The data table will display up to four selected countries (unselect the OECD average to have one more).
    Click the arrows for more indicators
    Click the arrows for more indicators
    Click the arrows for more indicators
    Click the arrows for more indicators:
    Country Profile quick links
    Note: These values should be interpreted with care since they are influenced by countries' specific contexts and trade-offs. In education, there is often no simple most- or least-efficient model. For instance, the share of private expenditure in education must be read against other measures designed to mitigate inequities, such as loans and grants; longer learning time is an opportunity to convey more and better content to students, but may hinder investments in other important areas. If you want further information on the nature of different variables, please take the time to read the analysis and contextual information, available at the website for each publication.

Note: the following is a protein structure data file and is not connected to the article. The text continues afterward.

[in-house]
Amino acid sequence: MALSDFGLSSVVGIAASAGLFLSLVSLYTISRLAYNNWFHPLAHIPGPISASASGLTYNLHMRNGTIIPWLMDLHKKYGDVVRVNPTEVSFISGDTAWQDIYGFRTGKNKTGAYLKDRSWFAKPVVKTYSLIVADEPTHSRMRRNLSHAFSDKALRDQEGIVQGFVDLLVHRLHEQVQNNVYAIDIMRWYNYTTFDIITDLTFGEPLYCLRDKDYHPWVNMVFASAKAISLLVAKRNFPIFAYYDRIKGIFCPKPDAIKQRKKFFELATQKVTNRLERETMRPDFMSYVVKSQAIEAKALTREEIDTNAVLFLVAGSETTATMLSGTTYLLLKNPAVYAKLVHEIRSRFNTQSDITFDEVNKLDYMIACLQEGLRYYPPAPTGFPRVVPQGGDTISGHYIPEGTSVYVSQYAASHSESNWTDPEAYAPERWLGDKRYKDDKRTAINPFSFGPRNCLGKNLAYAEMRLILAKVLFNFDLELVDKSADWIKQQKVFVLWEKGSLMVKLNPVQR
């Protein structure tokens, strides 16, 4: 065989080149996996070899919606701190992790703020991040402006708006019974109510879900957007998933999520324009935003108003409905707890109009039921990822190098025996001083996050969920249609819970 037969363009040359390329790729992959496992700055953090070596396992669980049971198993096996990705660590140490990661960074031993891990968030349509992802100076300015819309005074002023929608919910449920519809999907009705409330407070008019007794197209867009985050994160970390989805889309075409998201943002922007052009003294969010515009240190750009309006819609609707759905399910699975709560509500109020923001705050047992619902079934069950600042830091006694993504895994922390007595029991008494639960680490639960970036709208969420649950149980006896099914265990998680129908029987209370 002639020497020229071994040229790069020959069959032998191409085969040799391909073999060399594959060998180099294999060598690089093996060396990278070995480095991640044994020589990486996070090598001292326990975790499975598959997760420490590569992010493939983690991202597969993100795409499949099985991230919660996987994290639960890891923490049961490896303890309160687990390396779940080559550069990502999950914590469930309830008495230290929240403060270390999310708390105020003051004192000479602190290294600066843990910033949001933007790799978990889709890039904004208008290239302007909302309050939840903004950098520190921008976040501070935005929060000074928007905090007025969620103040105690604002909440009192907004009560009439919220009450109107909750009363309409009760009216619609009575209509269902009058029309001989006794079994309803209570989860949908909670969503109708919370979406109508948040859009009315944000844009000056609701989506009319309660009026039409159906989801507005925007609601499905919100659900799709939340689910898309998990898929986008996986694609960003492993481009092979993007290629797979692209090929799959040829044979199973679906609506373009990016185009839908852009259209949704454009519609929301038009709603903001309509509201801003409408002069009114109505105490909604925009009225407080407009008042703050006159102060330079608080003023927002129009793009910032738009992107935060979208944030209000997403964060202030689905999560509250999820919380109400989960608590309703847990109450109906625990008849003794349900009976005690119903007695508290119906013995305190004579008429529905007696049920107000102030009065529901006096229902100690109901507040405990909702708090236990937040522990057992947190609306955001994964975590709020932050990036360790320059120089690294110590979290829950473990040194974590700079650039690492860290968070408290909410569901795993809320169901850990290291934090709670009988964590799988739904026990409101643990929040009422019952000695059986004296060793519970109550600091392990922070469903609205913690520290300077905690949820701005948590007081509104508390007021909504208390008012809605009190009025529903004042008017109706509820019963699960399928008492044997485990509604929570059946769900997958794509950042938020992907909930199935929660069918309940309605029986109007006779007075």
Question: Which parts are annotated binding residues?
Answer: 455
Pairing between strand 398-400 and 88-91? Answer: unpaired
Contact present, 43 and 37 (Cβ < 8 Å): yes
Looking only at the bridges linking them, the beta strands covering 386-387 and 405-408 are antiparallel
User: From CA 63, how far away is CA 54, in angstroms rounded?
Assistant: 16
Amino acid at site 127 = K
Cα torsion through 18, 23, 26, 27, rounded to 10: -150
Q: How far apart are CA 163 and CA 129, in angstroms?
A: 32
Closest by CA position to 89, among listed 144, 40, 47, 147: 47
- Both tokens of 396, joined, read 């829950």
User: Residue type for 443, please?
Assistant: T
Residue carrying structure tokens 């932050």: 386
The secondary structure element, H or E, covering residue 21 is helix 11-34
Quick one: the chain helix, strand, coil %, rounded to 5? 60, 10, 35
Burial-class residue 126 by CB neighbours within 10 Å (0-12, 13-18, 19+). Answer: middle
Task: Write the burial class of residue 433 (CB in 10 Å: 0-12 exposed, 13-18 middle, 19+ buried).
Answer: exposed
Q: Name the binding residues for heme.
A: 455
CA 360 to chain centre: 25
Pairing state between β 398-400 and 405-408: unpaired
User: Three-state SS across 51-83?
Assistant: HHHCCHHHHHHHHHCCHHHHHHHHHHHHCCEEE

The OECD average includes only OECD countries which are listed here: http://www.oecd.org/about/membersandpartners/

    *TALIS averages are based on all countries participating in the TALIS survey, including partner countries and economies. This explains the difference between the OECD average and the TALIS average. Data from the TALIS survey and Education at a Glance (EAG) may differ. See Annex E of the TALIS technical report and Annex 3 of EAG 2019 for more details about the data collections.

    For additional notes, please refer to annexes in the list of links below the introductory text.